Figure 18 presents the mapping of Gaia [37] implementation architecture to the big data RA. Three different types of source data sets (Image data set for image classification, news data set (New York Times) were used for topic modeling, and Netflix matrix (for matrix factorization) was used in distributed deep learning (Deep analytics). The worker maintained a local copy of the trained model, and transferred modelling updates (Model synchronization: synchronize local updates) to the parameter server at the local data center. The parameter server maintained a global model. Global updates between parameter servers across a WAN in different data centers (Model synchronization: synchronize global updates) were exchanged via modelling buffers. A significance filter was used for controlling the amount of updates to be exchanged. Detailed operation of the global updating process is described in [37].

Fig. 18
figure18

The mapping of Gaia [37] to the big data RA

Figure 19 presents the mapping of distributed deep learning with video surveillance systems using edge servers [40] to the big data RA. Initially, traffic monitoring video was extracted from cameras (Extraction). The stream was divided into data frames (Stream processing), and data blocks were extracted (Information extraction). Then, model(s) were trained for vehicle classification and traffic flow prediction among distributed edge servers (Deep analytics). Task and model level parallel training was synchronized between edge nodes (Model synchronization).

Fig. 19
figure19

The mapping of distributed deep learning with video surveillance systems using edge servers [40] to big data RA

Figure 20 presents the mapping of DeepCham [41] to the big data RA. First, a person specified an adaptation task for recognizing of objects (Job specification). The task was forwarded to the mobile device, where images from the device were scanned and pruned (Cleaning). Also, candidate images were clustered (Machine learning) for finding subsets of images with a large visual difference. The mobile clients sent image features to the master, where another clustering task (Machine learning) was executed, and the results were sent back to the mobile clients. At the mobile clients training object images were created (Information extraction), and labels/features were suggested based on a pre-trained deep learning model (Inference). Then, the end users labeled images with the mobile clients. The training instances were utilised for training a shallow adaptation model (Machine learning). The model was used for recognizing the objects (Inference), which was finally fused with the results (Inference: fuse results) produced by a deep model.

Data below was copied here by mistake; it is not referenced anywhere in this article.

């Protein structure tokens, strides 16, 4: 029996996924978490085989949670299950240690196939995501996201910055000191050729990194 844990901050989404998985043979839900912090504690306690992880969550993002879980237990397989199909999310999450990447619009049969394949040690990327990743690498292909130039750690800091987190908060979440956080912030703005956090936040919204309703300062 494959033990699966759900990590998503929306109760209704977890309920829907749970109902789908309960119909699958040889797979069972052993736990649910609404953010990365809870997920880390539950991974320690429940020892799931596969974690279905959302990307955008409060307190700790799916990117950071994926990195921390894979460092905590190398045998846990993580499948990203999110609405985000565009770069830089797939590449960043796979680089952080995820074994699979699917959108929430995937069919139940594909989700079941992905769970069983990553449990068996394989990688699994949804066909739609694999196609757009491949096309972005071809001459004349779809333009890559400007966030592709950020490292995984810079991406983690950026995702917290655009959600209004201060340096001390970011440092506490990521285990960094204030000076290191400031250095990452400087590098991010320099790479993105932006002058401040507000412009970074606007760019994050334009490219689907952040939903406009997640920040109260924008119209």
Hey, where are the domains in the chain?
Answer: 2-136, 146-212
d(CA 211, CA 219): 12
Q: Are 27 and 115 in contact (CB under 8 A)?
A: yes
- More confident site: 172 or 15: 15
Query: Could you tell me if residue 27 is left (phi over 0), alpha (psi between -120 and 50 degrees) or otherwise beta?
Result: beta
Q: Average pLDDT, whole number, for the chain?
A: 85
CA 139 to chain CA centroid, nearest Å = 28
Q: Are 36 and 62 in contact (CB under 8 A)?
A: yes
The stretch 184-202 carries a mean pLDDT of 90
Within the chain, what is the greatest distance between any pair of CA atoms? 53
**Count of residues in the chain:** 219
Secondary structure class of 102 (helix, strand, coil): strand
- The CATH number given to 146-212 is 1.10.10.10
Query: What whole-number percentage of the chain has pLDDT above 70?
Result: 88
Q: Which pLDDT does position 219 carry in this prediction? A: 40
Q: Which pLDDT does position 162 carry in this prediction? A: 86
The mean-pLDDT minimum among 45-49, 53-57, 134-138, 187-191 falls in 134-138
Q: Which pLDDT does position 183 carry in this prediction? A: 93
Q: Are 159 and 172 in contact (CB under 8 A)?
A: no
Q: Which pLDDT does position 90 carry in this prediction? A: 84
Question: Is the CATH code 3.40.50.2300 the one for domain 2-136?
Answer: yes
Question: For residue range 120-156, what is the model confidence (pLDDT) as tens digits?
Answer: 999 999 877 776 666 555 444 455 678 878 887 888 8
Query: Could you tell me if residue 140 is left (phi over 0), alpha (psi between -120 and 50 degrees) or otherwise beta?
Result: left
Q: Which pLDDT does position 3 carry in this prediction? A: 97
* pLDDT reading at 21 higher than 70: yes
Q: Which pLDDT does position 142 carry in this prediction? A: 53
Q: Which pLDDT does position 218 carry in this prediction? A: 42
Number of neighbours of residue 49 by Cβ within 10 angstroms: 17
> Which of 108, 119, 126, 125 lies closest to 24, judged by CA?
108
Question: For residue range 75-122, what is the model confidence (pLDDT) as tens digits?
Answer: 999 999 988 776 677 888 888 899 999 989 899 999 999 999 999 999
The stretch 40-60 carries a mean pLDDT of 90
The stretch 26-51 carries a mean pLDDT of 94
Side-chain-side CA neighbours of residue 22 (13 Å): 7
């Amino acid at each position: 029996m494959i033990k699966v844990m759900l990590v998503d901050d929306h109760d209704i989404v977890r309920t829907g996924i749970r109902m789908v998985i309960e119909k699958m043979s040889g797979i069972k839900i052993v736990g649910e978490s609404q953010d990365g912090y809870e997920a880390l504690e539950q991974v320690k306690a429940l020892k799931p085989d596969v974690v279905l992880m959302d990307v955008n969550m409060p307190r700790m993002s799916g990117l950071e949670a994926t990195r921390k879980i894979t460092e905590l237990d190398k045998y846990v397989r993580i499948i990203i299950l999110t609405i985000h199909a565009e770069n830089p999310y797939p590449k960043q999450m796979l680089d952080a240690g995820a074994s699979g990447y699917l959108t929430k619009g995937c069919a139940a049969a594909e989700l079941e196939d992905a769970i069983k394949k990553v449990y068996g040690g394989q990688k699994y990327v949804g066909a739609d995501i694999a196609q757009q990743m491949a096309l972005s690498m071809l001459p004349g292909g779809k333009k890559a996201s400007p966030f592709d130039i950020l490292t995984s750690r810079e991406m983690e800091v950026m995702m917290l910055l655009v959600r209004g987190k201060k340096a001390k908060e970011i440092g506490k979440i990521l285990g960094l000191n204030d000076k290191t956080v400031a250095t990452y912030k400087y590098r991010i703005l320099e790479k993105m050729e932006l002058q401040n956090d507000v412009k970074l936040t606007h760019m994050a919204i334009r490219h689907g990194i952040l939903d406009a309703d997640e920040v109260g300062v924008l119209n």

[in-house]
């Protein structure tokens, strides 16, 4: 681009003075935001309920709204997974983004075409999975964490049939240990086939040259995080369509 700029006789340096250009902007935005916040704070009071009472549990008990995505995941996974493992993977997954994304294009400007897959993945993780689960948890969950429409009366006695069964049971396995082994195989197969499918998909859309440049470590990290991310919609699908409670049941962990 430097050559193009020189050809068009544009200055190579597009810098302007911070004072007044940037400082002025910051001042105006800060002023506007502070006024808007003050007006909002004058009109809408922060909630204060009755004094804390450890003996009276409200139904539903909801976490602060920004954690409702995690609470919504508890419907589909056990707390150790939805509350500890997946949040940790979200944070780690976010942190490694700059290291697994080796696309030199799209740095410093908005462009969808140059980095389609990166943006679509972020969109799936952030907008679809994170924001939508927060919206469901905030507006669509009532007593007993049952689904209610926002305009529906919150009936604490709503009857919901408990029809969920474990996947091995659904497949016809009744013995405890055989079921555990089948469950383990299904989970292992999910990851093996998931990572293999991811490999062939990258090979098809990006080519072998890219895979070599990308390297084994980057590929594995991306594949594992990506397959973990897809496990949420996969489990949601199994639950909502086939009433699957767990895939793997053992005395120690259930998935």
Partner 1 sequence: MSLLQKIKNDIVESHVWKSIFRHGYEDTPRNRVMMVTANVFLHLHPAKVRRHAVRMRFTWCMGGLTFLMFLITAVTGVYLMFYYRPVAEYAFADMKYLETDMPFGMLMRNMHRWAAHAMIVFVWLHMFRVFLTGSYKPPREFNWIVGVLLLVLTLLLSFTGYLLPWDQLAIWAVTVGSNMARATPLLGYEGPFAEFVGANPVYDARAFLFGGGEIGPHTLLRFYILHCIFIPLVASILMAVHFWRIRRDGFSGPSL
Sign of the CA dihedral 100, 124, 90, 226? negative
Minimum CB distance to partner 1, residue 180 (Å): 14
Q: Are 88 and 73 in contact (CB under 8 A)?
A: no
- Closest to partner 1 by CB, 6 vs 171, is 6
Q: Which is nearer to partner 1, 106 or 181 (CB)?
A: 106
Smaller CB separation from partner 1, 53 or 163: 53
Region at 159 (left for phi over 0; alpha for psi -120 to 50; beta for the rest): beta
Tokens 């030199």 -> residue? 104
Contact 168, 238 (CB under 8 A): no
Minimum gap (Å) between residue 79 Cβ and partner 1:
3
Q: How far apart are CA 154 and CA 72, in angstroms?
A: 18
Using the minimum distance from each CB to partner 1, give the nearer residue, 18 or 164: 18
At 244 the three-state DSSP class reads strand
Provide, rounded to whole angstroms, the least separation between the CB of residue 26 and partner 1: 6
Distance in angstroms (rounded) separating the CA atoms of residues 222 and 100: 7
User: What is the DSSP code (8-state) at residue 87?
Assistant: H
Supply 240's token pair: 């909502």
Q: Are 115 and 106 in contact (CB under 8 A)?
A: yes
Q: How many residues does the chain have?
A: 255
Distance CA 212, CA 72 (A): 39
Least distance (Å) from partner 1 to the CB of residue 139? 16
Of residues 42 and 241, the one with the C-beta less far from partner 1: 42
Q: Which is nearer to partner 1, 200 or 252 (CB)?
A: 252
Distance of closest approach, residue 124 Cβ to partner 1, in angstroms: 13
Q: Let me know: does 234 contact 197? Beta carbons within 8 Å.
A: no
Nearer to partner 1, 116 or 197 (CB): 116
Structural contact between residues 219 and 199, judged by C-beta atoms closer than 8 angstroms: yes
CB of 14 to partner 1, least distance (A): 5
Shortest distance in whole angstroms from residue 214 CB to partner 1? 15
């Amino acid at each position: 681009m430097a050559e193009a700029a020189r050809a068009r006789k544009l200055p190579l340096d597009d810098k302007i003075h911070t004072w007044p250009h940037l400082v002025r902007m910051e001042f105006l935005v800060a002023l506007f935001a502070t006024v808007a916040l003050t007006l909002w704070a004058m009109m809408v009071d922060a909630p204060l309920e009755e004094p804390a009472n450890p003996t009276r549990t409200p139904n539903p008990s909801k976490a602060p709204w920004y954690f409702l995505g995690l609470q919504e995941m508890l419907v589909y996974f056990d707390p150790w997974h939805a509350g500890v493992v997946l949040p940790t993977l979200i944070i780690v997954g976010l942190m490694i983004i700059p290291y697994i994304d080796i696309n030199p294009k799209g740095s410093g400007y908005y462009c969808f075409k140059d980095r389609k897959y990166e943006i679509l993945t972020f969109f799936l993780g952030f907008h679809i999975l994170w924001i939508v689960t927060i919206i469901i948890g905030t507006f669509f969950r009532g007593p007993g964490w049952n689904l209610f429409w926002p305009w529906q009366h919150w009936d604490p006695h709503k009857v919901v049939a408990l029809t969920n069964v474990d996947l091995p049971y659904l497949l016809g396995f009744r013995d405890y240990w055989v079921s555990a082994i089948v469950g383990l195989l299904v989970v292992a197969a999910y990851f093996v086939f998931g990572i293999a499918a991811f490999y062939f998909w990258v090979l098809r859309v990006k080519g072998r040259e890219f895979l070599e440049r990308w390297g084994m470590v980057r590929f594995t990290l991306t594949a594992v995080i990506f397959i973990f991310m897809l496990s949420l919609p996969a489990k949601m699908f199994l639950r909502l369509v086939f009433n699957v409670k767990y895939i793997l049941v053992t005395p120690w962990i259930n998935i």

Fig. 20
figure20

The mapping of DeepCham [41] to the big data RA

Figure 21 presents the mapping of HealthFog system [46] to the big data RA. Health-related sensor data was extracted (Extraction) from patients. The managed data (Processing) was delivered via a gateway device (mobile phone) and broker (laptop) to edge devices (RPi) or to an instance in the cloud (AWS). The data was preprocessed (Cleaning), and trained (Deep analytics). The trained model predicts (Inference) heart disease of patients. The gateway included an application, which was used for submitting prediction jobs (Job specification) to the system. An edge-device (a laptop) scheduled (Job scheduling) the received jobs to edge devices or to the cloud (AWS).

Fig. 21
figure21

The mapping of HealthFog [46] to the big data RA

Integrated views of use case mapping

Figure 22 presents an integrated view, which includes mapping of all inference-related implementation architectures to the big data RA.

Fig. 22
figure22

Mapping of all inference-related implementation architectures to the big data RA. Publications are referred to from the architectural elements as follows: L: Liu [29]; Tr:Trinelli [32]; R:Ran [34]; Z:Zhou [31]; T:Teera [30]; J:Jeong [27]; J2:Jeong [28]; K:Kascavalci [45]

Figure 23 presents an integrated view, which includes mapping of all modeling-related implementation architectures to the big data RA.

Fig. 23
figure23

Mapping of all modeling-related implementation architectures to the big data RA. Publications are referred to from the architectural elements as follows: Ho:Hong [38]; Ha:Hardy [35]; Li:Li [41]; Li2:Li2 [39]; Lim:Lim [36]; Hs:Hsieh [37]; C:Chen [40]; T:Tuli [46]

Model development and deployment: detailed views

Figure 24 describes the elements of the big data architecture, which are associated with model development or deployment (or both) activities.

Fig. 24
figure24

Architectural big data RA elements associated with model development (red) and model deployment (blue). Green indicates association to model development and deployment

Figure 25 describes the architectural elements of the deployment environment view of the big data RA, which are associated with model development or deployment (or both) activities.

Fig. 25
figure25

Architectural elements of the deployment environment view of the big data RA associated with model development (red) and model deployment (blue). Green indicates association to model development and deployment

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Pääkkönen, P., Pakkala, D. Extending reference architecture of big data systems towards machine learning in edge computing environments. J Big Data 7, 25 (2020). https://doi.org/10.1186/s40537-020-00303-y

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Keywords

  • Neural networks
  • ArchiMate
  • Edge computing
  • DevOps
  • Inference
  • Machine learning
  • Reference architecture